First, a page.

Making is an embodied experience that teaches through process. Conceiving of a project and building that project teach different skills which inform one another. In support of the production process I teach technique and craftsmanship. These forms of training teach perseverance and patience and provide a foundation to fall back on while wading through the, at times, messy articulation of ideas. Having spent many years as a fabricator, I believe that technical instruction and craftsmanship play an important role in art education. I teach students to use these skills to articulate ideas. I also teach students that there is meaning in choosing to reject both at times.

‘Connection‘ is the first project in a wearable computing class that teaches students how electronics function, techniques for working with conductive thread and electronic components, as well as a conceptual framework for working with electricity as art making material. Students are asked to use the connectivity of a circuit to think about how electricity can highlight social and conceptual bonds and interactions. The project requires that they practice working with conductive textile and electronic materials in the service of an idea and is the first in a series of 3 quick projects that simultaneously prepare them for larger scale projects and ask them to practice working with new materials and construction techniques.

Critical Reflection

I encourage growth and problem solving by coupling art making with reflective analysis. Most of my classes include a journaling assignment. We begin the class by coming up with a list of elements and principles by which to analyze an artwork whether it is time based, interactive, or 2 or 3 Dimensional.  Term long journaling exercises ask students to use the vocabulary created collectively in the beginning of the class to analyze how the artist made the work and to articulate what specific choices the artist made that the student is attracted to. These analyses are shared with classmates in class in order to build the classroom community, enhance discussion, and introduce students to the varied viewpoints and interests of their peers.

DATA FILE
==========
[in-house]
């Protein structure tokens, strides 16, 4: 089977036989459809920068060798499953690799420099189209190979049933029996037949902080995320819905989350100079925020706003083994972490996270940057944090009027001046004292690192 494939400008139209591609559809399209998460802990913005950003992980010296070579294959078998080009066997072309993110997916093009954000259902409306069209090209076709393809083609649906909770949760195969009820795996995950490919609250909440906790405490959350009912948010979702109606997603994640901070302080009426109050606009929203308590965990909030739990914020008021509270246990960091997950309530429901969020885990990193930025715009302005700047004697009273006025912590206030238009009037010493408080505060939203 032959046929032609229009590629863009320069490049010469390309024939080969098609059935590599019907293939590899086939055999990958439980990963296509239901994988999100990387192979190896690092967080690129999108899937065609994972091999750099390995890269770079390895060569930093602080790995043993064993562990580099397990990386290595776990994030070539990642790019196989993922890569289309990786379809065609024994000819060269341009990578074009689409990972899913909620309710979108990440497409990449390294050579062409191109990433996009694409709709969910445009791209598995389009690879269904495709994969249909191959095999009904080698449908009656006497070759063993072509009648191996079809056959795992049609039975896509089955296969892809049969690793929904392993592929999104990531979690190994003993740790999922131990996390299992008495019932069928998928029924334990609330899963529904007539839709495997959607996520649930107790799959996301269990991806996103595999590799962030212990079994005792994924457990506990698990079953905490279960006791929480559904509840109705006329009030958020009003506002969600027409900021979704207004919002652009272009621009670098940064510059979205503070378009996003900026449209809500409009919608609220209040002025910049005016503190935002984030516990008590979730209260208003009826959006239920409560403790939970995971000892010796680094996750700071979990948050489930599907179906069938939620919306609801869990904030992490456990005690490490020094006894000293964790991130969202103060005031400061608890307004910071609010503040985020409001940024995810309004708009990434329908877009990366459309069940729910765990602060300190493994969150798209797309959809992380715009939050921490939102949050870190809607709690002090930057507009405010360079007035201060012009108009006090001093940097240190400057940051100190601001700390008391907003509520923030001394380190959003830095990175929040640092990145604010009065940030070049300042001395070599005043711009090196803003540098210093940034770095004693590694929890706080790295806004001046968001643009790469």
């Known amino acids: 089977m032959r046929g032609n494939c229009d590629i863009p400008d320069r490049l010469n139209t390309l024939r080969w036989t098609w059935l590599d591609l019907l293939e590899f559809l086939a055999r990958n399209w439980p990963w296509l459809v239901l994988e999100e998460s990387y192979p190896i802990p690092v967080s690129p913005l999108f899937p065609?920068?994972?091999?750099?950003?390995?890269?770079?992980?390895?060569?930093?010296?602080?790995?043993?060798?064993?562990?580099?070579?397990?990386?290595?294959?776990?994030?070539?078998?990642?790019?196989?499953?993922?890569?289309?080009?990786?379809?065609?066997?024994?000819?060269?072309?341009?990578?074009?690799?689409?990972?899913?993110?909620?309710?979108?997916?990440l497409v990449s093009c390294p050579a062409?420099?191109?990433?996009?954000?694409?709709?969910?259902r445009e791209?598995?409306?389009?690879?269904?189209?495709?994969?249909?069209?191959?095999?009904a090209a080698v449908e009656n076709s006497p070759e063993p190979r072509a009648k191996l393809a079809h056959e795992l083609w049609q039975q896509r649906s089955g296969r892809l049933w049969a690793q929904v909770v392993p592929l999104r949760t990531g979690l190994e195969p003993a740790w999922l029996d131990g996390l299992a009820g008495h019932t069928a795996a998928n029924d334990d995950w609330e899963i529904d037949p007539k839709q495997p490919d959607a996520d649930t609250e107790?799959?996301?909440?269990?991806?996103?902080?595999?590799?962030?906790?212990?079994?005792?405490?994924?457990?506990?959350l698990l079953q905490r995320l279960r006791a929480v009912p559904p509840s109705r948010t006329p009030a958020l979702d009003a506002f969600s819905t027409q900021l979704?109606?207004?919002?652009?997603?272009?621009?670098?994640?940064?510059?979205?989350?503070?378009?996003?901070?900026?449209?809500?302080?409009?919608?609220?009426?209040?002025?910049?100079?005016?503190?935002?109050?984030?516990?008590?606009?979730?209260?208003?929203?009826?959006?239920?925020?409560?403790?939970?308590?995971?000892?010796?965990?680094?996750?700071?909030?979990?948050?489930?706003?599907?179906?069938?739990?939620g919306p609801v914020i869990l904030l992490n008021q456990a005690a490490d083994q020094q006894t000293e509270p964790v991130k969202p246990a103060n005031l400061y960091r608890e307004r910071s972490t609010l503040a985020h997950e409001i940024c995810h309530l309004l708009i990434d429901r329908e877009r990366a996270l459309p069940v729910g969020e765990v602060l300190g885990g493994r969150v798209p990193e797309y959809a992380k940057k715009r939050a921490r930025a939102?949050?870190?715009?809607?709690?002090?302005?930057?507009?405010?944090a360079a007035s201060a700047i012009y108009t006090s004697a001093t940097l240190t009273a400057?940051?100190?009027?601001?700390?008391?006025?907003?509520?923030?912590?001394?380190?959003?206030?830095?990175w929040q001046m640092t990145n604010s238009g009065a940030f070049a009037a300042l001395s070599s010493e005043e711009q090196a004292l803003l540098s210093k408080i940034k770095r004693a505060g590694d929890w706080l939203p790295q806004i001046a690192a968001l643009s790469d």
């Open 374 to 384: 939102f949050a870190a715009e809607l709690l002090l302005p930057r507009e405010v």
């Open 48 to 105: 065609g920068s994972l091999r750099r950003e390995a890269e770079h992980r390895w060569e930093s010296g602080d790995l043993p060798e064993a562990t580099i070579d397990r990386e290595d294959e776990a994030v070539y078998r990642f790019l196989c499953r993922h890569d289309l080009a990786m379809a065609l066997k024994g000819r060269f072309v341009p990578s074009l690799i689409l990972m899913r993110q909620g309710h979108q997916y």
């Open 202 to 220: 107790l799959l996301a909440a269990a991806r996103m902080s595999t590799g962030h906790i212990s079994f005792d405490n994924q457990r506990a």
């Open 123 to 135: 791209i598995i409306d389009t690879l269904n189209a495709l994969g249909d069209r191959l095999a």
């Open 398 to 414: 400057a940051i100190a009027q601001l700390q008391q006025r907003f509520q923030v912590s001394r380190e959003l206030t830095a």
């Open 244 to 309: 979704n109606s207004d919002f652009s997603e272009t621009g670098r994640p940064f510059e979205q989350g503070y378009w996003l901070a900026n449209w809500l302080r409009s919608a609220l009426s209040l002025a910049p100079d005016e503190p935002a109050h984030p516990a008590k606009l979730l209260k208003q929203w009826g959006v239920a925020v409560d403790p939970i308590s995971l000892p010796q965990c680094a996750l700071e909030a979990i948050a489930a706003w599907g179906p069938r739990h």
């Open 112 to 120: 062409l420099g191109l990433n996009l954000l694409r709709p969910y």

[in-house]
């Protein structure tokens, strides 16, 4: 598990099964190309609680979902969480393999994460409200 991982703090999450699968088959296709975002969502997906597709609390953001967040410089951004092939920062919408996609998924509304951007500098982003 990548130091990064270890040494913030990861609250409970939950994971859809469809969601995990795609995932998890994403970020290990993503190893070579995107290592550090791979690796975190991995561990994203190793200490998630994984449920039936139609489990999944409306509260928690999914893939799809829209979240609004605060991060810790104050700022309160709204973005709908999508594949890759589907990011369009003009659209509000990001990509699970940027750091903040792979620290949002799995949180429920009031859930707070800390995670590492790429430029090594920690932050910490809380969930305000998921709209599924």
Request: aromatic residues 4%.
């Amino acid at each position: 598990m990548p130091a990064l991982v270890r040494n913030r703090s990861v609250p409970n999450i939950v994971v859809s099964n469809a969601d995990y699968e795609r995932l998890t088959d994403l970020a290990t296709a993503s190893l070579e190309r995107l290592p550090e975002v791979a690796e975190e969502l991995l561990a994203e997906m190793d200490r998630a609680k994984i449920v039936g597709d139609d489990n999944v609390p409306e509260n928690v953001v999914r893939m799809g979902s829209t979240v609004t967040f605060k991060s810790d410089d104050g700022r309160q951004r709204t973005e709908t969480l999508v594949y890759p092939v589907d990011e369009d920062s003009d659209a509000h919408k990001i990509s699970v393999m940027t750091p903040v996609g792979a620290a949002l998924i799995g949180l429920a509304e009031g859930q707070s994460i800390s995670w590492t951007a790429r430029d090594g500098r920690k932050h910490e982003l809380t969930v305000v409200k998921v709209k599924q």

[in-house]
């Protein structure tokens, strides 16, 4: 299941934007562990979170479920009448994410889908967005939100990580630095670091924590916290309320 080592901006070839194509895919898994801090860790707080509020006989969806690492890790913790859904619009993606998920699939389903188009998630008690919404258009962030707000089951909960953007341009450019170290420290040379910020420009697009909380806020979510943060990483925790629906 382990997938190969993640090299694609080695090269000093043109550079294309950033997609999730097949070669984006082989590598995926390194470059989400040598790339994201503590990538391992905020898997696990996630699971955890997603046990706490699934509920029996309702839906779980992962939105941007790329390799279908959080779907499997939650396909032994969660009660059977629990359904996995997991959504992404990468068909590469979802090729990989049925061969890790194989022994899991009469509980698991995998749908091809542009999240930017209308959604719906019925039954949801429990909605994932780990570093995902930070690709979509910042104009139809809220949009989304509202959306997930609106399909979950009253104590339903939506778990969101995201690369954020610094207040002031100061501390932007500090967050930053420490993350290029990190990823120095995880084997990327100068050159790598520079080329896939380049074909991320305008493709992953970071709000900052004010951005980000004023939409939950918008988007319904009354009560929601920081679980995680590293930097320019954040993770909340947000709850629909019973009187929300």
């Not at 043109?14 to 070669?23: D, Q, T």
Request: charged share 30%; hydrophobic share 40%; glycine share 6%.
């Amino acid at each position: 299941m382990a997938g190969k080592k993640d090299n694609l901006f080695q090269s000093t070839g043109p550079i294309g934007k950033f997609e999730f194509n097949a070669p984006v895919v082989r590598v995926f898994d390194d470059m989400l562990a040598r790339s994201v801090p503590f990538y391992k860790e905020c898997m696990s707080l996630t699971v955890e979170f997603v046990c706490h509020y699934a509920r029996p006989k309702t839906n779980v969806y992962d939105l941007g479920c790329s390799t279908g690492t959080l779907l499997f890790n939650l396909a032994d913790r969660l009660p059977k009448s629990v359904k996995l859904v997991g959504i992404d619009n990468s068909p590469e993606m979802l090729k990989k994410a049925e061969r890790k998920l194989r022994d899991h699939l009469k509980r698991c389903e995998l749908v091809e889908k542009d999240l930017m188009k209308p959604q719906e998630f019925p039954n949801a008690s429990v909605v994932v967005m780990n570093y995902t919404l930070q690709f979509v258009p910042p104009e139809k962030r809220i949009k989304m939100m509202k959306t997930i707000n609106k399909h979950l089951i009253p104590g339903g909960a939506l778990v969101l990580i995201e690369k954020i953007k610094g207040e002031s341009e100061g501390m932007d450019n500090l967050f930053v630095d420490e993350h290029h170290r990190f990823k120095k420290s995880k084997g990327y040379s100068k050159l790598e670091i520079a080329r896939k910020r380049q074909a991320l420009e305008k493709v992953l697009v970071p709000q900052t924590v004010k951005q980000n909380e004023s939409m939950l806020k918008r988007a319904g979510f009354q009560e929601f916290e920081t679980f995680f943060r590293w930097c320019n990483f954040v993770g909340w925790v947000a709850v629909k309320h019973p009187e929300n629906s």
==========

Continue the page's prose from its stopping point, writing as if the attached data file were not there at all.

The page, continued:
Connection to Historical Movements and Ideas

Projects are grounded in lectures that help students trace the evolution of important ideas in the medium of instruction. For my upper-level media arts survey class on the political, cultural and artistic developments related to media art forms from the late nineteenth through the early twenty-first century students begin with a GIF triptych making project. This project uses the triptych form to make a connection between the medieval innovation of the triptych painting and the early internet innovation of the GIF as evolutions in media that translated earlier forms of artistry into more accessible and easier to distribute forms.

My Pedagogy

Practice-based research instills confidence in students’ problem-solving and way-finding abilities while embodied learning and critical reflection gives students a toolkit for articulating their goals and identifying the techniques which best suit them. My desire to teach students these methods comes from my experiences as a practicing and exhibiting artist. My courses and educational framework stem from a desire to share the pleasures of art making as a practice of creative problem solving, idea generation, and skill development.